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20Mar/120

Cook your own VMware AppBlast

Wrote this article almost 6 months ago...finally got around to finishing it--Let me know what you think!

"Project AppBlast will provide the universal delivery of any application, including Windows-based applications, to any off-the-shelf browser or device supporting HTML 5, enabling instant remote access to non-HTML based applications."

We discussed this at work the other day and we were excited at the possibilities with AppBlast, but since it's not here now we'll have to wait for a released product.  One of my co-workers Chad Wintzer said well why wait?  We dug around and came up with a working solution--and a damn good one after a few evenings grinding away at this.  Having a fair amount of RDS experience already this is what we came up with:

Backend

The backend infrastructure is provided by Microsoft's Remote Desktop Services: RemoteApp.  This feature was introduced in Windows Server 2008 and was improved upon even more in the R2 release.  What RemoteApp allows you to do is run applications on backend RDS (TS) servers, and establish an RDP session from a user to just that app.  The user is presented with a window over their local desktop and functions just about as if it was actually installed and running off the local desktop.  Users can run multiple applications in parallel and so long as the app behaves well in a RDS environment you can host 1 installation with multiple users.  The servers that run RemoteApps are called RD Session Hosts, to scale you can simply throw a bunch of RD Session Hosts together and strap a load balancer on top, however you will want to use RD Connection Broker(s) in place of a traditional load balancer to keep track of user sessions.  The Connection Broker(s) manage session information such as RD Session Host server, session state, session ID, and the user associated with the aforementioned bits.  For the security junkies it's worth noting that RemoteApp is AD integrated so you can restrict access to various apps via Security Groups.  This was something added in R2 I believe as many folks were complaining about this when RemoteApp first came out.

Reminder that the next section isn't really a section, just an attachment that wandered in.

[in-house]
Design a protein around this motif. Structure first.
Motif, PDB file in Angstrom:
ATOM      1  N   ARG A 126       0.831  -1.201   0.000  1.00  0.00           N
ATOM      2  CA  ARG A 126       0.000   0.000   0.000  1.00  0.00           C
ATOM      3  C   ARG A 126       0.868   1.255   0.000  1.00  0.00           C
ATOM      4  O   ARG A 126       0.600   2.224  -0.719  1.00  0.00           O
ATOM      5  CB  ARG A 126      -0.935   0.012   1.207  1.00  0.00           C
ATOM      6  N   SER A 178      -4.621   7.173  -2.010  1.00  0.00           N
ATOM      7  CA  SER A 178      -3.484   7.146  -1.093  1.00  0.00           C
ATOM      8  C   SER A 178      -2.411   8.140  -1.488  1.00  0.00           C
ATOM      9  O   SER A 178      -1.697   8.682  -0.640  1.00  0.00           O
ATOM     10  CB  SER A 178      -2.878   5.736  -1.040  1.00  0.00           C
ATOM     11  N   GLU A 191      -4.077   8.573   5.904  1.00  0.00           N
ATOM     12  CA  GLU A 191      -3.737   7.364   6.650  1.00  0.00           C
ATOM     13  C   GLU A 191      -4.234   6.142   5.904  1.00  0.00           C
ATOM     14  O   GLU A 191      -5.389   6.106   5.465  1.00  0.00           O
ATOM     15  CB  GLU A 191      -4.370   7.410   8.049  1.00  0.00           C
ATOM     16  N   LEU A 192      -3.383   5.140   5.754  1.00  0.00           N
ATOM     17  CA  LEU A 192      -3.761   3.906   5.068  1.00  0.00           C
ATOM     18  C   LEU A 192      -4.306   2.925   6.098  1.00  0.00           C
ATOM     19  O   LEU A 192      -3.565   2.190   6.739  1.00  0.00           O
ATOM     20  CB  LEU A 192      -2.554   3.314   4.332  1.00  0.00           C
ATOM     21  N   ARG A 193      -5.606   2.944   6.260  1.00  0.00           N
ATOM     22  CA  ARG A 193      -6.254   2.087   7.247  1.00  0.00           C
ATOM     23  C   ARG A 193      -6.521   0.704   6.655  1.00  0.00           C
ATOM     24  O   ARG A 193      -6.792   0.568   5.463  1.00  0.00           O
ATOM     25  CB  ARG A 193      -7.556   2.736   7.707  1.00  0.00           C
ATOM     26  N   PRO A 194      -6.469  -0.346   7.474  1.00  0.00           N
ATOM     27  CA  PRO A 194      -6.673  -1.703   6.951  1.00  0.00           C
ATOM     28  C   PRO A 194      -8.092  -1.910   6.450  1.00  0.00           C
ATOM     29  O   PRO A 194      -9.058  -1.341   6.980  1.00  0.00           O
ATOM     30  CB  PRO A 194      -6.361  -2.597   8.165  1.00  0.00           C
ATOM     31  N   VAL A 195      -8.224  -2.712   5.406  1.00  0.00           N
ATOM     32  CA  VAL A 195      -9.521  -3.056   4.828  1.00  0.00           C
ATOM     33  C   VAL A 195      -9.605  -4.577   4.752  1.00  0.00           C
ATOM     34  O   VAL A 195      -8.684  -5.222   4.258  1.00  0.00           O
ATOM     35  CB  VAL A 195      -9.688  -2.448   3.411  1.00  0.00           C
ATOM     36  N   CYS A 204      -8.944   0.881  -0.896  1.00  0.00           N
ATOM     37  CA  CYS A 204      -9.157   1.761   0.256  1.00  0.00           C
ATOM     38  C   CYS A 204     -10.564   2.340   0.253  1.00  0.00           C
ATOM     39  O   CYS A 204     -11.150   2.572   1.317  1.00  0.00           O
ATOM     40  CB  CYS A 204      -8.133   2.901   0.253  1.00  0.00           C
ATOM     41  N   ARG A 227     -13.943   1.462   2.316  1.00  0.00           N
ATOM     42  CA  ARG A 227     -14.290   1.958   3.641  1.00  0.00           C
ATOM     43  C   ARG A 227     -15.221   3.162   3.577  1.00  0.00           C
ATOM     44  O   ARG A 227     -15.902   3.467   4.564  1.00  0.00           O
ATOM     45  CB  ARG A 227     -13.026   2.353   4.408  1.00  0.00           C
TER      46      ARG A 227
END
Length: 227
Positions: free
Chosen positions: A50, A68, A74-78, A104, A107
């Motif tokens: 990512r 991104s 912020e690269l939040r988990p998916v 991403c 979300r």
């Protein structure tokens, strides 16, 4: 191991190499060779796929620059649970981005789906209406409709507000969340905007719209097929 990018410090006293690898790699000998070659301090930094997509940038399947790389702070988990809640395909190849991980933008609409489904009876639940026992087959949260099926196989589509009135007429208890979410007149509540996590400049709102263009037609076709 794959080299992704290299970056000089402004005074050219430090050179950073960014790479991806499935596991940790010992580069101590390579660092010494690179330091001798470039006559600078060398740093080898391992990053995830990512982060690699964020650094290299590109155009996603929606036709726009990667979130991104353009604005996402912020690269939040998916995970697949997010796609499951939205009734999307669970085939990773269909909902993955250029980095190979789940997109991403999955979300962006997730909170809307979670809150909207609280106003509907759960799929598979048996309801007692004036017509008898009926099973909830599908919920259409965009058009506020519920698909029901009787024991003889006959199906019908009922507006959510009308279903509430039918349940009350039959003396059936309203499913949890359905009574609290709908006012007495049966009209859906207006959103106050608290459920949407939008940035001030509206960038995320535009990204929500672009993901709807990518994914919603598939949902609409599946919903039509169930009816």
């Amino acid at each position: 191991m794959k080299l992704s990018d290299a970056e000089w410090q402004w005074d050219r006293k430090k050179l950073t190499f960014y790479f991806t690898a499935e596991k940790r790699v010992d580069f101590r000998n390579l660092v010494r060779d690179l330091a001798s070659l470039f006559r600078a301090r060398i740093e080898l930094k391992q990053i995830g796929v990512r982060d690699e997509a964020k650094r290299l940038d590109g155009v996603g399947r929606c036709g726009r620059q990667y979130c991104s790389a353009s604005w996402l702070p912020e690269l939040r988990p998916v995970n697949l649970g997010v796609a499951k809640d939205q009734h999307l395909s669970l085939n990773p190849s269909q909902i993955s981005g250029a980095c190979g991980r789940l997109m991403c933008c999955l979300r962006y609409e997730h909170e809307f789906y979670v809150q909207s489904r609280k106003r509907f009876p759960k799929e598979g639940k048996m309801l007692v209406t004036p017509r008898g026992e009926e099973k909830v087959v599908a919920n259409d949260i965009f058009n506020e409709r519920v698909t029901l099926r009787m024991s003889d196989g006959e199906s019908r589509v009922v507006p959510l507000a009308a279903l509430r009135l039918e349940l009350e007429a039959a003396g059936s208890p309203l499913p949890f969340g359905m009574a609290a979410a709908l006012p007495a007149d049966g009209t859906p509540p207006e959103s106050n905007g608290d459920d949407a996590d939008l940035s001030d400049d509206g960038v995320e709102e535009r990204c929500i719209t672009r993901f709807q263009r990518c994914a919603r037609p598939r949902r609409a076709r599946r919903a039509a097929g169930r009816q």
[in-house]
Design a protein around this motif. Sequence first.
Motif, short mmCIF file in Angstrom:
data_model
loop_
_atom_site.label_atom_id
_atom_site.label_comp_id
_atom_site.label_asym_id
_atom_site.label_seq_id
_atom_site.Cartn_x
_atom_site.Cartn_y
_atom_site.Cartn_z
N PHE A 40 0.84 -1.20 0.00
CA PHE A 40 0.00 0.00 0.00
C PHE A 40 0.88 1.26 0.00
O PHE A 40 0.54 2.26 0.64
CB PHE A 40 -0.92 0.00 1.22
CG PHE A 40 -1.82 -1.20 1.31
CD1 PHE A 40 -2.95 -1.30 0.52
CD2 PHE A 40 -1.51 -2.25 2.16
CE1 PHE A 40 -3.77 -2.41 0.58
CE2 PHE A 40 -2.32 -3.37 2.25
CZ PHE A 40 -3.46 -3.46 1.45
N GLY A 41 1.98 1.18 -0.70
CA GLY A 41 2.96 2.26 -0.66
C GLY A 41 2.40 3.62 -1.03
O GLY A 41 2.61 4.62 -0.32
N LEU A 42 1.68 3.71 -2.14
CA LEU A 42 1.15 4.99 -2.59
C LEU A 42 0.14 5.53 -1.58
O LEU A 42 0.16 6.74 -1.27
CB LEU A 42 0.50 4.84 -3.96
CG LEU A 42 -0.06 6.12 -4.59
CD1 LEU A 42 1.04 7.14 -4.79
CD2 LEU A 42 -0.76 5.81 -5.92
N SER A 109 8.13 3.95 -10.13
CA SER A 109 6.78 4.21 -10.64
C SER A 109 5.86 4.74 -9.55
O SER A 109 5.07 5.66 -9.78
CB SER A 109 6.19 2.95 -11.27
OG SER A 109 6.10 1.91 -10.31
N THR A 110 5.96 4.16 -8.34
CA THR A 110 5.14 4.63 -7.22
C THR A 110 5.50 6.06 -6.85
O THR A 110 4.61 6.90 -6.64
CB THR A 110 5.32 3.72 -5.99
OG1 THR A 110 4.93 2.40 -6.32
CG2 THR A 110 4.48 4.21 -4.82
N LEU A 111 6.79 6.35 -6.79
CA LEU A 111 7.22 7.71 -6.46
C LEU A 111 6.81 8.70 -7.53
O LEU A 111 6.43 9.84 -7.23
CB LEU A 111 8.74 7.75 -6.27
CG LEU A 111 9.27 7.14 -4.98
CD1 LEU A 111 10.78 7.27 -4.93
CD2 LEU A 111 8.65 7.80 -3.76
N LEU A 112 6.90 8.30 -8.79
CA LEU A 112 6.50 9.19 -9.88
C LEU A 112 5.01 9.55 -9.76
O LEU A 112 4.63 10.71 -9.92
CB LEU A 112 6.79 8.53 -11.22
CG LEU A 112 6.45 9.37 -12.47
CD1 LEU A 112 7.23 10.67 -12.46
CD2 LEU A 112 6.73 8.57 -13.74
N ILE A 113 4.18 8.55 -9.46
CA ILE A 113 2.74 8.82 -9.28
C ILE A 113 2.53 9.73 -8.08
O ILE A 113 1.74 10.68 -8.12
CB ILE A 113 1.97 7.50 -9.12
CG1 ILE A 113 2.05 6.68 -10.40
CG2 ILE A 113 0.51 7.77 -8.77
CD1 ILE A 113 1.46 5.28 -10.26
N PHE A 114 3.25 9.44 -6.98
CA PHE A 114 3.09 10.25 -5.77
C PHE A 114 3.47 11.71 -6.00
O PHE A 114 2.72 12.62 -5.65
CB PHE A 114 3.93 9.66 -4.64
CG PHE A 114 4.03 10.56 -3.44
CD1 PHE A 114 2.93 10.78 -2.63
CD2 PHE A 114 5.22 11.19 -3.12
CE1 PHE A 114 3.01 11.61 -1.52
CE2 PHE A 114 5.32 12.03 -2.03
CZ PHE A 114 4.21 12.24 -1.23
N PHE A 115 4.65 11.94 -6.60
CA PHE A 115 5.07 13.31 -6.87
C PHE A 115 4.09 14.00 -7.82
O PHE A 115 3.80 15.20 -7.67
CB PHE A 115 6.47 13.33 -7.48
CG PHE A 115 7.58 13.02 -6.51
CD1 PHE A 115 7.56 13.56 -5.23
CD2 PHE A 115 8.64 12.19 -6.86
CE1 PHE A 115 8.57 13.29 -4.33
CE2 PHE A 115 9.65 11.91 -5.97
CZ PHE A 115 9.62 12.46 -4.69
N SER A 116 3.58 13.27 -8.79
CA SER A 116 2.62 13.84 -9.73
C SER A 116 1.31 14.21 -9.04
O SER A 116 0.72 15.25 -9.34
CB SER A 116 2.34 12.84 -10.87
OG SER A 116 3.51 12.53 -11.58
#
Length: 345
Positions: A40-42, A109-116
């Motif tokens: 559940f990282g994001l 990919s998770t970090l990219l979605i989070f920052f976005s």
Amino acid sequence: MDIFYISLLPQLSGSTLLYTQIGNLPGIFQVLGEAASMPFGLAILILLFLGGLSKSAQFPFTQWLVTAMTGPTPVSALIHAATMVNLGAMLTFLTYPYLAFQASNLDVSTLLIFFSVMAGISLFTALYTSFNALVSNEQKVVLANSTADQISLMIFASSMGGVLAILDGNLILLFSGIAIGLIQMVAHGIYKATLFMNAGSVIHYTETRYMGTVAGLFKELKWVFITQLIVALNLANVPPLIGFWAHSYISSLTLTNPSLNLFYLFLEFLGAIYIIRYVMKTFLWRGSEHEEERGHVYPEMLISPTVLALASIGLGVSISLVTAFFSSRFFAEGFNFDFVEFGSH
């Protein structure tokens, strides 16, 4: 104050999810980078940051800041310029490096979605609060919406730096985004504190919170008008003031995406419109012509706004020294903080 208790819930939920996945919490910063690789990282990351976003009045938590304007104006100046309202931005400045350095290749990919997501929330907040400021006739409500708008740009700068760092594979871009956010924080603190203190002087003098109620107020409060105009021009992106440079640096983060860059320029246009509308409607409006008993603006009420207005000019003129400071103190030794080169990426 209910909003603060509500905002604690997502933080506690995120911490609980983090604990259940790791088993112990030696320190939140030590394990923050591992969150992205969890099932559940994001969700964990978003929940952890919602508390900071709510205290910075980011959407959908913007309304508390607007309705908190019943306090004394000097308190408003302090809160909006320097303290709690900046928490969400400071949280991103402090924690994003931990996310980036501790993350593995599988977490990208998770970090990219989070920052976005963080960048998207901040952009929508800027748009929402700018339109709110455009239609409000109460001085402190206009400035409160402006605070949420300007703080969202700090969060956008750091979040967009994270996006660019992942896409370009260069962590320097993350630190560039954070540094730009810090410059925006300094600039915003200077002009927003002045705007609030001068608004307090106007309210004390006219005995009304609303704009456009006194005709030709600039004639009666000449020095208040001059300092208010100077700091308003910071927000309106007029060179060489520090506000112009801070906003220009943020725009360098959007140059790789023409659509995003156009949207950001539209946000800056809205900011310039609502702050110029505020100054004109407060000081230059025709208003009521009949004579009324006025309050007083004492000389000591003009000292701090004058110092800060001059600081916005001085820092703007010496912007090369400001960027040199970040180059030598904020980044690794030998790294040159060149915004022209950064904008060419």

If you don't want to go that route you can look at Citrix's XenApp offering, but we found RDS: RemoteApp performed exactly as we needed it to.

Troubleshooting Broken Apps in RDS

Keep in mind if you are having trouble getting an application to play nice in your RDS environment you can take advantage of various application virtualization technologies to sandbox them.  Once sandboxed they almost always seem to work--your choices are:

Frontend

So now that you have your backend sorted out, lets talk frontend.  You have a few options:

Of the 3, we chose RemoteSpark's Spark View due to the fact it was easy to customize and the developers were very responsive --   Now I really have to hand it to Walter Wang, this is an awesome application and it's even more amazing in that he released a free version for folks to play with.
Spark is setup in 2 parts--first the Gateway Server, this essentially translates HTML5 Web Sockets to RDP.  This is a daemon that will listen by default on port 80 for web socket requests from the web frontend.   The web frontend is the 2nd part, and is just the static HTML and associated images, js, etc.  You'll need to drop those bits on a web server.
Now you can give it a go and test out Spark, RDP to a host and see that it works.  Go on, try it from an iPad, Android device or BlackBerry Playbook (if your an unfortunate owner).
If you don't have a HTML5 browser installed (modern versions of Chrome, Firefox, Safari, etc.) give Chrome Frames a go if your a windows user.  This neat little extension will embed Chrome inside of IE, very nice for corporate environments were end users can be confused having multiple browsers.
Here is a diagram of what exactly is happening (with redundancy of course):
Ok, so how does this become AppBlast your asking?
RemoteSpark lets you drag and drop a .rdp file--so drag and drop a .rdp file from a RemoteApp.
So you can write up a bit of code in PHP or something else to handle this dynamically on the server side, but for Proof of Concept sake here is a static page you can get started with (make sure you update the commented configuration area for your environment:

So now that you've Cooked your own AppBlast, why not take on cooking your own Horizon Application Manager?
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